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Figure 2: Data centre traffic projected to grow at 25% a year over 5 years (Credit: Cisco)

Companies will also build more advanced processors that can make the most of what 5G has to offer. Finally, you have telecommunications companies that are responsible for rolling out the 5G infrastructure, which will replace their existing 4G networks that will soon be obsolete.

Of these industries, developing network technology and technology that enables products is by far the best quality business to be in. The best 5G technology will help differentiate telco operators in a competitive market, giving the businesses that sell such technology a very high degree of pricing power.

Processors are another great business to enter, partially because 5G will enable the introduction of the internet of things. This development will increase demand for processors exponentially, since people will have dozens of computing devices at home instead of just a few, such as computers and smartphones. For industrial applications, increased automation will result in rising expenditure on devices requiring processors, although this expense will enable business to cut costs by a greater amount.

The technology will provide by far the least benefit to telcos. The main advantage they will have is being able to lift premium enterprise revenue, by allowing for the development of high-end packages for applications like gaming and autonomous cars. Most telco players, however, are not well positioned to take advantage of growth in the technology. This is because telco consumers expect continual network improvements without meaningful price increases, as they have been receiving for decades. This means that telco companies have a large bill for a 5G rollout, just to stay relevant in the eyes of consumers. With most operators rolling out 5G networks simultaneously, we do not anticipate major global market share shifts within telecommunications off 5G development.

Since 5G is such a transformative technology, it will affect multiple industries and winners won’t be evenly spread. This is why it of paramount importance not to just invest in any company exposed to the 5G trend, because some of them won’t go up just by being connected to the technology.

How do I get the Good 5G and Cloud Computing Businesses?

For an easy way to take advantage of price gains from companies that will make the most of 5G and cloud computing, we have a 5G Networks portfolio on our international investment platform, Macrovue. This portfolio, which attracts no management or performance fees, has given us over 32% in the past year.

This is because we not only find out how 5G will affect different companies and industries, to ensure we choose the right ones for future growth, we also look into hundreds of businesses to find the very best companies. Since it is such a transformative trend, it would be worth at least considering a few of them to tap into the revolutionary potential of what 5G has to offer.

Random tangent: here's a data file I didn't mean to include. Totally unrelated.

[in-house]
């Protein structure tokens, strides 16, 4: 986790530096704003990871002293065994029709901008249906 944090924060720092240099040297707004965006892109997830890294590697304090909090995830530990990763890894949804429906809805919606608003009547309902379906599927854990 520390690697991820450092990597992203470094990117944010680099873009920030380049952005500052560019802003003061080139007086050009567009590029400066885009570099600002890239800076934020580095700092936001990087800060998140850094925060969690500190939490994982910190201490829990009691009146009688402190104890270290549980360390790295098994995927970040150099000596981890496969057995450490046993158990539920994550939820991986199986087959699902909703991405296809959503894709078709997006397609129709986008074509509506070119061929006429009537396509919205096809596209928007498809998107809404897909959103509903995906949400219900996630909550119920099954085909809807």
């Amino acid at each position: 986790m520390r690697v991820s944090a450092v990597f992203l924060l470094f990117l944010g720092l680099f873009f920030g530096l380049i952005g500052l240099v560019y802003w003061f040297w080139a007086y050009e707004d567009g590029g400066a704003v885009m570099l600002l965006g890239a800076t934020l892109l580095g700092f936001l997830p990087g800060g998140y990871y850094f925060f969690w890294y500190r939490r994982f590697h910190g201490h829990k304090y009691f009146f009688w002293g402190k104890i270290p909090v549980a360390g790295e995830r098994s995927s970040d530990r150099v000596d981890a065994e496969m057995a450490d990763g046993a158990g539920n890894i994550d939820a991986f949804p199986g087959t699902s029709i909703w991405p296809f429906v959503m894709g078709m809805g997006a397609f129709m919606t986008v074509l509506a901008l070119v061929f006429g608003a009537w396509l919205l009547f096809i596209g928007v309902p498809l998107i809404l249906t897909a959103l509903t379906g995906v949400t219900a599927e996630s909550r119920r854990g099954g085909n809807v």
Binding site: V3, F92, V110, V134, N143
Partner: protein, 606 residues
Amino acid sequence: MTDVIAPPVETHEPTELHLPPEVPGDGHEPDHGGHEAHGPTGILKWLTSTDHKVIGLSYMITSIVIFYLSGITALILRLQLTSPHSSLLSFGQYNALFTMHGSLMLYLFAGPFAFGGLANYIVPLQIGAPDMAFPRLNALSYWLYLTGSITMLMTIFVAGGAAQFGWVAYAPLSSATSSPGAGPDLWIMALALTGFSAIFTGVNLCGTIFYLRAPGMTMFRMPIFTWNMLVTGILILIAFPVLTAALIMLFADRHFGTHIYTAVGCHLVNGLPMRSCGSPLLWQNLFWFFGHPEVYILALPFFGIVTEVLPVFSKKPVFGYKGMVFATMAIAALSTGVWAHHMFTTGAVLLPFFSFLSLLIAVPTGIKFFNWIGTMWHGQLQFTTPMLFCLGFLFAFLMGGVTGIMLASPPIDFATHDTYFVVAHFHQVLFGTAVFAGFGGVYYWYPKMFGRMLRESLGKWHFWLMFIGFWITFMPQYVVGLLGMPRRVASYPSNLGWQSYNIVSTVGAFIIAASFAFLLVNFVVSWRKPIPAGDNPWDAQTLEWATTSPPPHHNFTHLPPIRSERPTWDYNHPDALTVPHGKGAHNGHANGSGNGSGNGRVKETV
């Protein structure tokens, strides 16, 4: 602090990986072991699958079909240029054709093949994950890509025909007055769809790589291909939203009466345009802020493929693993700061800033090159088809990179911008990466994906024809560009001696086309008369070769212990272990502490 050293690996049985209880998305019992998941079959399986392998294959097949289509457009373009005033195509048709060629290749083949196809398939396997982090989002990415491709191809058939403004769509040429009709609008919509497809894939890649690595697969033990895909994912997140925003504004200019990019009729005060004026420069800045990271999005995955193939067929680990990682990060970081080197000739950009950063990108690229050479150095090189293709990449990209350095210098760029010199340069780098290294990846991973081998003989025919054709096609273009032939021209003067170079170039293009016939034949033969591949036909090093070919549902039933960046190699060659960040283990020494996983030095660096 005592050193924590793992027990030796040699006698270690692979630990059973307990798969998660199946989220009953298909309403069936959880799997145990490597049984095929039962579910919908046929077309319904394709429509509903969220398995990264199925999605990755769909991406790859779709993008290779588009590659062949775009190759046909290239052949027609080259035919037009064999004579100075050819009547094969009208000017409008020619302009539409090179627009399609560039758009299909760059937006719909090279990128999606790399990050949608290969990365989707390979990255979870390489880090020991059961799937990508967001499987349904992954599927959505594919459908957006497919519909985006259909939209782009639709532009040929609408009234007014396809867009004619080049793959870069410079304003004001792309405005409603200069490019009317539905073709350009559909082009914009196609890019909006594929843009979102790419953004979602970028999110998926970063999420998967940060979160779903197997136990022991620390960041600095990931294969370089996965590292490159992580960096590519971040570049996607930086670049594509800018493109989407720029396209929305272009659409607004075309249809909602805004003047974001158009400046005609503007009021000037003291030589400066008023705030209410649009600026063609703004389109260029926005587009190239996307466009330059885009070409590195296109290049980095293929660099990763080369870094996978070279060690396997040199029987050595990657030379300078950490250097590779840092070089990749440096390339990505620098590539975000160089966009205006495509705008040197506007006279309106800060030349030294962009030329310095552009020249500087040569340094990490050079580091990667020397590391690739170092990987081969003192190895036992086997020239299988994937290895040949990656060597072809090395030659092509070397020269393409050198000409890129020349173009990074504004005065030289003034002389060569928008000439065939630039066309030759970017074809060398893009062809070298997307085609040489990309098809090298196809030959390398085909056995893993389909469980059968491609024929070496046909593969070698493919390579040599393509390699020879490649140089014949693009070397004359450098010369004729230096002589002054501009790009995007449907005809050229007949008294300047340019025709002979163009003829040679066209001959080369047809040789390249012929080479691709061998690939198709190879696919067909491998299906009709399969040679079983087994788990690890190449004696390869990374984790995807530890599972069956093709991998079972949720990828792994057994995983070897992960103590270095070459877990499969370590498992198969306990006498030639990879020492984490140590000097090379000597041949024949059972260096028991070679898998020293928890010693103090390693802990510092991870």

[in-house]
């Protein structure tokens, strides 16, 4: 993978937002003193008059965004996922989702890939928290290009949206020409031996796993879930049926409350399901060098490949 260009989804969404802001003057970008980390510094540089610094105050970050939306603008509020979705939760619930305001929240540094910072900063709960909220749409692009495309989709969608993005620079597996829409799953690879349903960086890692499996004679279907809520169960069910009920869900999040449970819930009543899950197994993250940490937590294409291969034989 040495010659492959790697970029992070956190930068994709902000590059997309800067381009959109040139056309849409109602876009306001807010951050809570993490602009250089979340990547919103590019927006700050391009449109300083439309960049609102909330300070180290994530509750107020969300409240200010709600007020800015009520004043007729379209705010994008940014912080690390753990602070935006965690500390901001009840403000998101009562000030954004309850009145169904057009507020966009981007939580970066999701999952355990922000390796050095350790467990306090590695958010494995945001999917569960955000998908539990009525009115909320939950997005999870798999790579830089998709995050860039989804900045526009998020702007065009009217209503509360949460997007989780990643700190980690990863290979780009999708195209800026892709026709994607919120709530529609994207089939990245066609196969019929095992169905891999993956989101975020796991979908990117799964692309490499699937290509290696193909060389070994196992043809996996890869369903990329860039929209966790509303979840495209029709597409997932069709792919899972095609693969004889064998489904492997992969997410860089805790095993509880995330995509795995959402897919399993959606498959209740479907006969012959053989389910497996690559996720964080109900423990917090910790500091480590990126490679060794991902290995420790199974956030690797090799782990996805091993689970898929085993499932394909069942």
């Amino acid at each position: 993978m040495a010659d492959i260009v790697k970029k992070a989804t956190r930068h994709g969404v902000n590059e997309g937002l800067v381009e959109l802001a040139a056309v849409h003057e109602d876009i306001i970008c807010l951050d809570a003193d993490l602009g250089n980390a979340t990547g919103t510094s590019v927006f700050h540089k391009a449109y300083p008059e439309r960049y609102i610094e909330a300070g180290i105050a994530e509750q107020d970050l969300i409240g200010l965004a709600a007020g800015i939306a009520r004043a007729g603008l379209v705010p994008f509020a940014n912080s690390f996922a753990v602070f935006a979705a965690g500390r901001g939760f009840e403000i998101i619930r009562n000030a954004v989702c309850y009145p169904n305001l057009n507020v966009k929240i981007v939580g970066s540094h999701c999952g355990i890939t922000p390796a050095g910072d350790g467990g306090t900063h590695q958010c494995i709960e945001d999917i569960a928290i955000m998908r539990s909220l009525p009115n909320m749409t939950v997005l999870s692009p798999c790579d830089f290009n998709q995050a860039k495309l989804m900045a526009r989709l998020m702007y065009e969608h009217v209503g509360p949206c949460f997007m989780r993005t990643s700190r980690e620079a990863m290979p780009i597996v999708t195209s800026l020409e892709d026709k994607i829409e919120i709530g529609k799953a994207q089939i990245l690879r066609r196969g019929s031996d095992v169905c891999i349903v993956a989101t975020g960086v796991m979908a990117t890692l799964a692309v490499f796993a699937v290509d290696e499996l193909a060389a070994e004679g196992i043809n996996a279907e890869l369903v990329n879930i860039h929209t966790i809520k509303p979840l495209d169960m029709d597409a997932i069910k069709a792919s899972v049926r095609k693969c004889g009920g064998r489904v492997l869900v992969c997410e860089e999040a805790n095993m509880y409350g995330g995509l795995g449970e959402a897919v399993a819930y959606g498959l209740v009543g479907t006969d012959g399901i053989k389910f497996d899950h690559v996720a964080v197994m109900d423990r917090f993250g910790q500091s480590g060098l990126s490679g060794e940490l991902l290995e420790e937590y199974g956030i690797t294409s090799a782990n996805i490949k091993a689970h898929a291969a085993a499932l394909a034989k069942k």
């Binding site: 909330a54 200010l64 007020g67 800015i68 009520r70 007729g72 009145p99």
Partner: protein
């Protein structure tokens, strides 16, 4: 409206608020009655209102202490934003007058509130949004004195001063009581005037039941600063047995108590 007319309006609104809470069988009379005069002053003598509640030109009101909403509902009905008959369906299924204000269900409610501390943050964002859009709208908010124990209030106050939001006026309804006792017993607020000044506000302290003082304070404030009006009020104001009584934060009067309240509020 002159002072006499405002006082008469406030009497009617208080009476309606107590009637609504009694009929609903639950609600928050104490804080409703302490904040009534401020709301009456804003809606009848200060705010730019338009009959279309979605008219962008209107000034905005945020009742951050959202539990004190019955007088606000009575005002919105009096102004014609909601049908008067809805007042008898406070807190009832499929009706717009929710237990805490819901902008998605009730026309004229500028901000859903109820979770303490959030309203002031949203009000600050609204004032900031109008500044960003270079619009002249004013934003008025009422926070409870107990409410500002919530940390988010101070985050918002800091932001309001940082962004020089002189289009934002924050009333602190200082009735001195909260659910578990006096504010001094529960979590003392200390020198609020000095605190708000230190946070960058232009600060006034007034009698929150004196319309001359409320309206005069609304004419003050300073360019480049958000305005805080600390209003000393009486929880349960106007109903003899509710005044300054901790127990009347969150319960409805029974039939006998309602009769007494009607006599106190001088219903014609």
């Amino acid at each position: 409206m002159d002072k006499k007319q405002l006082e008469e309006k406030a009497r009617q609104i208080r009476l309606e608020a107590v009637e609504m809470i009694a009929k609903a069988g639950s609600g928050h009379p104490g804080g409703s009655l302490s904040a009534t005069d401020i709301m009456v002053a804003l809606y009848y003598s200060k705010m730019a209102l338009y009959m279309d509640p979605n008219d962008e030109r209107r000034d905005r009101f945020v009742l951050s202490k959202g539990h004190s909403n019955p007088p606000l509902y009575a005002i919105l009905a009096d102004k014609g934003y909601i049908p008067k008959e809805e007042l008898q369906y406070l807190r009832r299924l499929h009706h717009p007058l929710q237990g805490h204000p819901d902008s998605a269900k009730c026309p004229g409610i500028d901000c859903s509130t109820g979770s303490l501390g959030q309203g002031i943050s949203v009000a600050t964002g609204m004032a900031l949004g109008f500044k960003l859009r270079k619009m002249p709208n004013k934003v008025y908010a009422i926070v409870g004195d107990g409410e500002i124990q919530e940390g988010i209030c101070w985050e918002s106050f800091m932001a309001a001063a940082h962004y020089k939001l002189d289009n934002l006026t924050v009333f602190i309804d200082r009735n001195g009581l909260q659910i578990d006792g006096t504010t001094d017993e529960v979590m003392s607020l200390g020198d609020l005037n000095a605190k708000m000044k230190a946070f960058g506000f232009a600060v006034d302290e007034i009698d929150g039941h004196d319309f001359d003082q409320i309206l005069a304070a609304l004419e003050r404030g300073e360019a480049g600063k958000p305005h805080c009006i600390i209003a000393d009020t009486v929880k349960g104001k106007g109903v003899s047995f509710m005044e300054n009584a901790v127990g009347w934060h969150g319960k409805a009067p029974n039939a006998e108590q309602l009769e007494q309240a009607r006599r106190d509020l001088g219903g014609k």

• Qualcomm (+32.65% LTM), one of the largest mobile chip makers globally and a company that is aggressively marketing its 8-series mobile platform chips customised for 5G enabled devices. The chipmaker also has several marketable connected car platforms that enable autonomous driving through 5G and is positioned to grow market share.
  • Skyworks (-0.39% LTM) sells semiconductor support applications that enable the internet of things to function. The firm’s technologies are applied across areas as diverse as avionics, biomedical products and collision avoidance systems in autonomous cars. With IoT enabled devices poised to grow to 75 billion by 2025, Skyworks is positioned to enjoy attractive growth for the foreseeable future.
  • Keysight (+63.82% LTM) produces communications solutions, electronic industrial solutions and ixia solutions, helping customers enhance network performance and security. Unlike other companies in this view, Keysight focuses on maintaining 10% EPS growth but with growing net margins which sit above 20% through improving overall business quality.




This article has been prepared by the Australian Stock Report Pty Ltd (AFSL: 301 682. ABN: 94 106 863 978)

(“ASR”). ASR is part of Amalgamated Australian Investment Group Limited (AAIG) (ABN: 81 140 208 288 Level 13, 130 Pitt Street, Sydney NSW 2000).

This article is provided for informational purpose only and does not purport to contain all matters relevant to any particular investment or financial instrument. Any market commentary in this communication is not intended to constitute “research” as defined by applicable regulations. Whilst information published on or accessed via this website is believed to be reliable, as far as permitted by law we make no representations as to its ongoing availability, accuracy or completeness. Any quotes or prices used herein are current at the time of preparation. This document and its contents are proprietary information and products of our firm and may not be reproduced or otherwise disseminated in whole or in part without our written consent unless required to by judicial or administrative proceeding. The ultimate decision to proceed with any transaction rests solely with you. We are not acting as your advisor in relation to any information contained herein. Any projections are estimates only and may not be realised in the future.

ASR has no position in any of the stocks mentioned.